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    How OCT became a 'game changer'

    Dr. Schuman discusses his role in its development, future of patient care for glaucoma

    Listen to what Joel Schuman, MD, tells  J.C. Noreika, MD, MBA, about the use of optical coherence tomography (OCT) to diagnose and follow glaucoma with patients, as well as what the future may bring for the specialty. Dr. Schuman begins by describing the early influences in his career that led to his current post. 



    Editor’s Note: Welcome to the latest installment of “Sight Lines,” a feature in which J.C. Noreika, MD, MBA, an ophthalmologist in Medina, OH, discusses trends in ophthalmology, medicine, and health care with key leaders in their fields. In this issue, Dr. Noreika talks with Joel Schuman, MD, chairman, Department of Ophthalmology, University of Pittsburgh Medical Center.


    Dr. Noreika: Dr. Schuman, you are internationally recognized not only as a glaucoma specialist but also for your role in developing optical coherence tomography (OCT), which was a game changer in ophthalmology. Can you tell us how it came to be developed?

    Dr. Schuman: OCT is a technology that almost wasn’t. It’s the result of teamwork between engineers, scientists, clinician-scientists, and physicists. It also is an example of why it is important to be aware of what is around you, especially in an innovation-rich environment.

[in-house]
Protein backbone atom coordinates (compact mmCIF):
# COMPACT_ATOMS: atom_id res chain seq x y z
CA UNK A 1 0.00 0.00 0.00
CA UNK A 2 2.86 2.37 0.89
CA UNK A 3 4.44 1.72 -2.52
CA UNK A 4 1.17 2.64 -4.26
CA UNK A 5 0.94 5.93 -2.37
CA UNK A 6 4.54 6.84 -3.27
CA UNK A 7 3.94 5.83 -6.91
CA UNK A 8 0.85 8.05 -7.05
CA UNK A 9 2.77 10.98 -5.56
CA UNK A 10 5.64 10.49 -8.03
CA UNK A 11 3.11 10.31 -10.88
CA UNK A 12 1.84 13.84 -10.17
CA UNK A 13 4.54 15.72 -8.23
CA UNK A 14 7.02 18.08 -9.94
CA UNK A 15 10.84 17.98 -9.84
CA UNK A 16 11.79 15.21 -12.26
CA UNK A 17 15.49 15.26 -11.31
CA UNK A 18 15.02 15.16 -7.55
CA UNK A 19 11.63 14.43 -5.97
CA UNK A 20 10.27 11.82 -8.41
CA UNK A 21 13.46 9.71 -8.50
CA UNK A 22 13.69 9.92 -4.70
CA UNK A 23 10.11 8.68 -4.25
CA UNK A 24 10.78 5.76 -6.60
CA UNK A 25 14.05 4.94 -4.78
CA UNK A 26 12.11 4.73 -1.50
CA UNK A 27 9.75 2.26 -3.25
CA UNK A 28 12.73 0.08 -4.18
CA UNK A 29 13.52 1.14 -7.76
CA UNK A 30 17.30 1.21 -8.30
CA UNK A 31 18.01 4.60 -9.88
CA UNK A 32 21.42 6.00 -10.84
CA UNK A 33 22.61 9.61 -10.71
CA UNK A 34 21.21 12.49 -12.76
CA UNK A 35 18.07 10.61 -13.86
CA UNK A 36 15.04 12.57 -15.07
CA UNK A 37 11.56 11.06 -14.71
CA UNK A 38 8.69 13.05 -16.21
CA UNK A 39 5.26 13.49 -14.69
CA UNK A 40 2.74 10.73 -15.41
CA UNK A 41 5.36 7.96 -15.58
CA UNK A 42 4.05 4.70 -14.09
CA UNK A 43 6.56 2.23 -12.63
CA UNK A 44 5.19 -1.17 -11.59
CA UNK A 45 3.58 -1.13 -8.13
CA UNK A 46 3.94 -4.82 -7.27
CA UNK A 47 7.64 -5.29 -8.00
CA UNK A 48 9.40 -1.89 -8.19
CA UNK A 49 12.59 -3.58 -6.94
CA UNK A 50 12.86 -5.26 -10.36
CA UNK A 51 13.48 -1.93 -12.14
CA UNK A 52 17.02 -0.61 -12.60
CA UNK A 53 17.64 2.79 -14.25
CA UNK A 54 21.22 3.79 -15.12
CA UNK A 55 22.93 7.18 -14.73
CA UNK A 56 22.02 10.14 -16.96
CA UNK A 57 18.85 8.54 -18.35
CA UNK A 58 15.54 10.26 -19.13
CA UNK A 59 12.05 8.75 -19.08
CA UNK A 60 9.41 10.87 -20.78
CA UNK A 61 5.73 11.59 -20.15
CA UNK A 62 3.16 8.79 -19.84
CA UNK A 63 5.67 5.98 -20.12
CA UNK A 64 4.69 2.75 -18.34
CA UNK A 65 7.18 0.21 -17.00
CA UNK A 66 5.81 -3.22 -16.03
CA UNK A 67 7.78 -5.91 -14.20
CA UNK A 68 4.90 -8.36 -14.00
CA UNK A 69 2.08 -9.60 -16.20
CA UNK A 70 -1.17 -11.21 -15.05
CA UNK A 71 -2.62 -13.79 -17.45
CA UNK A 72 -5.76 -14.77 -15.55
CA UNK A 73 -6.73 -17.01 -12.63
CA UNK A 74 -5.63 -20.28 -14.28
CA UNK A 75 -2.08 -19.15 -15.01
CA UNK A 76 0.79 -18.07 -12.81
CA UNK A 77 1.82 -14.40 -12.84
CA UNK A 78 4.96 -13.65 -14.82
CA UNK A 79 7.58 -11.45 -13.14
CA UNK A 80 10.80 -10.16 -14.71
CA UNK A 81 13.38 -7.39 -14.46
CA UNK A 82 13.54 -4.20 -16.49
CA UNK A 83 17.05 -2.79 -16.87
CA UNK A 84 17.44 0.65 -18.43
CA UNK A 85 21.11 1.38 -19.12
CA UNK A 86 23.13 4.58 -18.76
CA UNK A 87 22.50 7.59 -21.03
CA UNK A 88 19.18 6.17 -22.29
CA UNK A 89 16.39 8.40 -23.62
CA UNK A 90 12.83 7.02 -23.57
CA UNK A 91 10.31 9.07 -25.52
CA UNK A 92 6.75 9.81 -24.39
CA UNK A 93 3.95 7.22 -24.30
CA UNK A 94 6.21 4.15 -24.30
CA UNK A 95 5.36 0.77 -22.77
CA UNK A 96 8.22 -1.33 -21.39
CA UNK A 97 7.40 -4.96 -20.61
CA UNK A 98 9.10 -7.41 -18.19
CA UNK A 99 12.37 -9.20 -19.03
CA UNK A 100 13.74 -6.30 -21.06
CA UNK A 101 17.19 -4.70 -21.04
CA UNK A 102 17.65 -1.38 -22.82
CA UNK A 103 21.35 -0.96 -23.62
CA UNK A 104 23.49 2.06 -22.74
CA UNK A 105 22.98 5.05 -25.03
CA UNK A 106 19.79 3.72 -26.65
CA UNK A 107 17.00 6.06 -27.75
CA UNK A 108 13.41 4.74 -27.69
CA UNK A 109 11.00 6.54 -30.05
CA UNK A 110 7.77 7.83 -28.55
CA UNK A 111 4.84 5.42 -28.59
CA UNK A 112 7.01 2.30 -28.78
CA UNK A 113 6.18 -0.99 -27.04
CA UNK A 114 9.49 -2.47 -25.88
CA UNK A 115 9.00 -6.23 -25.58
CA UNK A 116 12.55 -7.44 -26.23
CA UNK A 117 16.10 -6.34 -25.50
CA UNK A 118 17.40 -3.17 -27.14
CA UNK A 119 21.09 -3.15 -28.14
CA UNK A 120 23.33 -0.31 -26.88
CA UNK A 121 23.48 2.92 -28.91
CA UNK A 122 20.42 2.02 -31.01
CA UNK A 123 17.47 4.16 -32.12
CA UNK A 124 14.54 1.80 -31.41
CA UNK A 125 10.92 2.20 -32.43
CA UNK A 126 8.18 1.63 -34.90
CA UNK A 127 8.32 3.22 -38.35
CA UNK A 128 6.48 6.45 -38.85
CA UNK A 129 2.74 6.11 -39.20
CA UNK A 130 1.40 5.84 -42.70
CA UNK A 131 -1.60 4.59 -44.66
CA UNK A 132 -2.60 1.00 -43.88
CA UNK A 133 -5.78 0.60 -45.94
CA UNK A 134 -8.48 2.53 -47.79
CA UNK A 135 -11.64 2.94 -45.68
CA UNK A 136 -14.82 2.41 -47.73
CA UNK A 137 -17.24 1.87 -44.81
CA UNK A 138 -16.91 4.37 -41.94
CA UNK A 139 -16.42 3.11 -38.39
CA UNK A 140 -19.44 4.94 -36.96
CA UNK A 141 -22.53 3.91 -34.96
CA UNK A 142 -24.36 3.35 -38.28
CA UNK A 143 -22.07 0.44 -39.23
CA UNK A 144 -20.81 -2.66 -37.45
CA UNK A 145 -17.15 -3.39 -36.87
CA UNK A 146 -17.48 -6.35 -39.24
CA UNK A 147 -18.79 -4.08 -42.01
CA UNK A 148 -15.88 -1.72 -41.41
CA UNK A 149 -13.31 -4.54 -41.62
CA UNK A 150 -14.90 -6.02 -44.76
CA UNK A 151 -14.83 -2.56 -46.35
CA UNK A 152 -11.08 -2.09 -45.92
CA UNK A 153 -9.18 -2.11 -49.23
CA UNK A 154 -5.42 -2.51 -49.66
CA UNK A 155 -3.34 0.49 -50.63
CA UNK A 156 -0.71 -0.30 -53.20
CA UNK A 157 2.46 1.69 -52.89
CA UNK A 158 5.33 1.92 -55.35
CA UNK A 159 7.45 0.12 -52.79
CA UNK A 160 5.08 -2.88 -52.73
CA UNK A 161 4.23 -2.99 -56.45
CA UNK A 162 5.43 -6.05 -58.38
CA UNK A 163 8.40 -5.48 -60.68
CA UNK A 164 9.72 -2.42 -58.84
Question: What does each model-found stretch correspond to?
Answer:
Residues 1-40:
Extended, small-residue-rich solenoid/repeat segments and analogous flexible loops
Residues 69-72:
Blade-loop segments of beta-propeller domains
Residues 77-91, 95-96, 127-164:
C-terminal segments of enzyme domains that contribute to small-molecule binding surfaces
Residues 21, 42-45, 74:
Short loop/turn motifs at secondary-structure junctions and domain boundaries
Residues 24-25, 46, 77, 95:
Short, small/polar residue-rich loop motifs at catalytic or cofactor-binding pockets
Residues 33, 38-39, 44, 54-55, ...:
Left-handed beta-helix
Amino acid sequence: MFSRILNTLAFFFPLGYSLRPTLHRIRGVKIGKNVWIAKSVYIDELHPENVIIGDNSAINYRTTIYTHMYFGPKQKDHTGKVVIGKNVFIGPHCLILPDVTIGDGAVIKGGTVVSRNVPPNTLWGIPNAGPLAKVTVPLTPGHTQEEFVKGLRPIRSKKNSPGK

I became involved through serendipity. I was working in the laser lab at Mass Eye and Ear during my fellowship. I wasn’t doing a laser fellowship, but Carmen Puliafito, MD, who ran the laser lab, was kind enough to let me use the technologies however I wanted.

    I was studying the gradient of resistance flow from Schlemm’s canal through the sclera. To do that without damaging the tissue with each slice, I was using an excimer laser. The laser was a laboratory excimer laser and it only coincidentally has to do with this story because they were developing a technology in the room next door that would measure the thickness of the cornea. The technology was called Optical Coherence Domain Reflectometry (OCDR). The idea was that you need the feedback for refractive surgery. It occurred to me the technology might be able to get to the retina, in which case we would be able to measure the thickness of the retina in glaucoma and macular disease. Bill Stinson, MD, a retina specialist who was a pre-residency fellow with me in the lab, also was involved in these discussions.

    We ended up going to MIT where Jim Fujimoto, an expert in high-speed laser physics and engineering, was developing OCDR. I brought a bag of calf eyes and with David Huang, who was an MD-PhD student working with Jim, we cut them in half and looked at the back half underneath the OCDR beam to see if there would be a signal. There was! 

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